With her “Fentanyl Is a WMD Act,” the U.S. Representative has turned a deadly serious issue into a cultural play
By Jason Langendorf
When the United States federal government has gathered in the halls of Congress to pass judgment on weapons of mass destruction at other pivotal points in the country’s history, its track record for fact-finding, critical thinking and level-headedness has been lacking.
And here we are again.
Last week Rep. Lauren Boebert (R-Colo.) introduced legislation to the House of Representatives that would officially declare fentanyl a weapon of mass destruction, requiring by law that the Department of Homeland Security treat the synthetic opioid as such.
Boebert’s methods are as ham-handed as her ambitions are naked, so maintaining a focus on the validity of the bill is the best use of our energy in this case.
Given the depth of the American opioid epidemic and the specific role of fentanyl in shaping the public health crisis, it might seem that the time has come for such drastic steps and that Boebert’s intentions should be accepted at face value as well-meaning. The statistics surrounding illicit use of fentanyl continue to trend toward the lethal, and in introducing the Fentanyl Is a WMD Act, Boebert spared none of them:
- In 2021, over 80,000 Americans died from opioids, including fentanyl
- One American dies of fentanyl every eight-and-a-half minutes
- Fentanyl is the leading cause of death for Americans ages 18 to 45, surpassing suicide, COVID-19 and car accidents
- Last year, Border Patrol seized enough fentanyl to kill every American seven times over
- Fentanyl is 100 times more powerful than other opioids, like morphine
But in the press release announcing the legislation, Boebert seemed preoccupied by one area of the problem above all others—and with a laser-focus on positioning it just so:
“The saddest thing about the fentanyl crisis is that it is preventable,” she states. “National security experts know that the vast majority of deadly fentanyl plaguing our communities comes across the southern border. Just last year, Border Patrol encountered enough fentanyl at the border to kill every American seven times over. There is no way around it—the Biden Border Crisis is killing Americans.”
A Political Ploy
No serious person would waste time clutching pearls over an elected official using a substance as a political football to serve their own agenda. Policymakers have been doing exactly that since well before Nixon’s War on Drugs began, and they’ll undoubtedly roll out the same tattered blueprint from time to time well into the distant future. Boebert’s methods are as ham-handed as her ambitions are naked, so maintaining a focus on the validity of the bill is the best use of our energy in this case.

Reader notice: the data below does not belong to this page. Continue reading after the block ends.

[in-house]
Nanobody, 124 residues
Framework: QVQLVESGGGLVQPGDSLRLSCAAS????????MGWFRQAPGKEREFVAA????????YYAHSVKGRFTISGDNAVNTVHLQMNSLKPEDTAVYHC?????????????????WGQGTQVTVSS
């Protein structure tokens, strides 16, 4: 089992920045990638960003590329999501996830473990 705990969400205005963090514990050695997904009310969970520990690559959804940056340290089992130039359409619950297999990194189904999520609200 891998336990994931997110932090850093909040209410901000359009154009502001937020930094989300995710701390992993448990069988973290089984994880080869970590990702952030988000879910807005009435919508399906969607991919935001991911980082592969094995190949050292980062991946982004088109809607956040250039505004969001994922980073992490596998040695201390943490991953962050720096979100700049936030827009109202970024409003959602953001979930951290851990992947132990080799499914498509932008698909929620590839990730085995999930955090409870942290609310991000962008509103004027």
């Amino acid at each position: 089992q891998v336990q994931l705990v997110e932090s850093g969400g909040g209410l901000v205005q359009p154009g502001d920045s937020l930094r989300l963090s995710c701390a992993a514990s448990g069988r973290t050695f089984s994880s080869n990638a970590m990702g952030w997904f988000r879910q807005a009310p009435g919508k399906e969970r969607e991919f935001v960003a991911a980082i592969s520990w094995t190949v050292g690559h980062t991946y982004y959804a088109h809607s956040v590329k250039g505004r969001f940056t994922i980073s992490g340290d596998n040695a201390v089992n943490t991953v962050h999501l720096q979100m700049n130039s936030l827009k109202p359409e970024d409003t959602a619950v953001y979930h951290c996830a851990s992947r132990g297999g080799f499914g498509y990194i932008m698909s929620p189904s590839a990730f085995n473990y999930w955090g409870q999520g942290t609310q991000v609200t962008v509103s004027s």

But there’s the rub: Declaring fentanyl a WMD isn’t simply a symbolic gesture meant to express the depth of America’s commitment to “stopping the scourge that fentanyl has unleashed on our nation,” as Boebert’s press release describes it. If passed, this legislation would funnel resources from Homeland Security to the U.S. Customs and Border Protection in the name of helping “our brave men and women” of Border Patrol to fight fentanyl on “the front lines” of the latest drug war.
Where have we heard this before?
Let’s hope other, right-minded lawmakers—Republicans, Democrats and otherwise—are prepared to publicly denounce the language and positioning of this legislation for what it is.
The trouble with tossing the drug into a category with nukes and chemical weapons comes down to three issues: (1) Fentanyl is a Food and Drug Administration (FDA)-approved medication that provides much-needed relief to patients suffering excruciating pain; (2) funds directed to the Border Patrol could be put to better use in numerous ways to battle addiction and the fallout of the fentanyl crisis; and (3) people who use the drug—often unintentionally—are at risk of being demonized at a time when progress in reducing stigma finally seems at hand.
Boebert has rallied a level of support, albeit partisan, behind the Fentanyl Is a WMD Act. Republican Reps. Mary Miller (Ill.), Dan Bishop (N.C.), Bill Posey (Fla.), Ralph Norman (S.C.), Paul Gosar (Ariz.), Andrew Clyde (Ga.), Clay Higgins (La.), Barry Moore (Ala.) and Troy Nehls (Texas) have co-sponsored the bill. Certain subsets of the public will surely get behind both the letter of the law and the spirit of Boebert’s motivations.
So let’s hope other, right-minded lawmakers—Republicans, Democrats and otherwise—are prepared to publicly denounce the language and positioning of this legislation for what it is. This WMD controversy may appear on the surface to be more complex and less consequential than others this country has encountered in the past, but the old adage holding to account good men for doing nothing rings just as true here and now as it did then.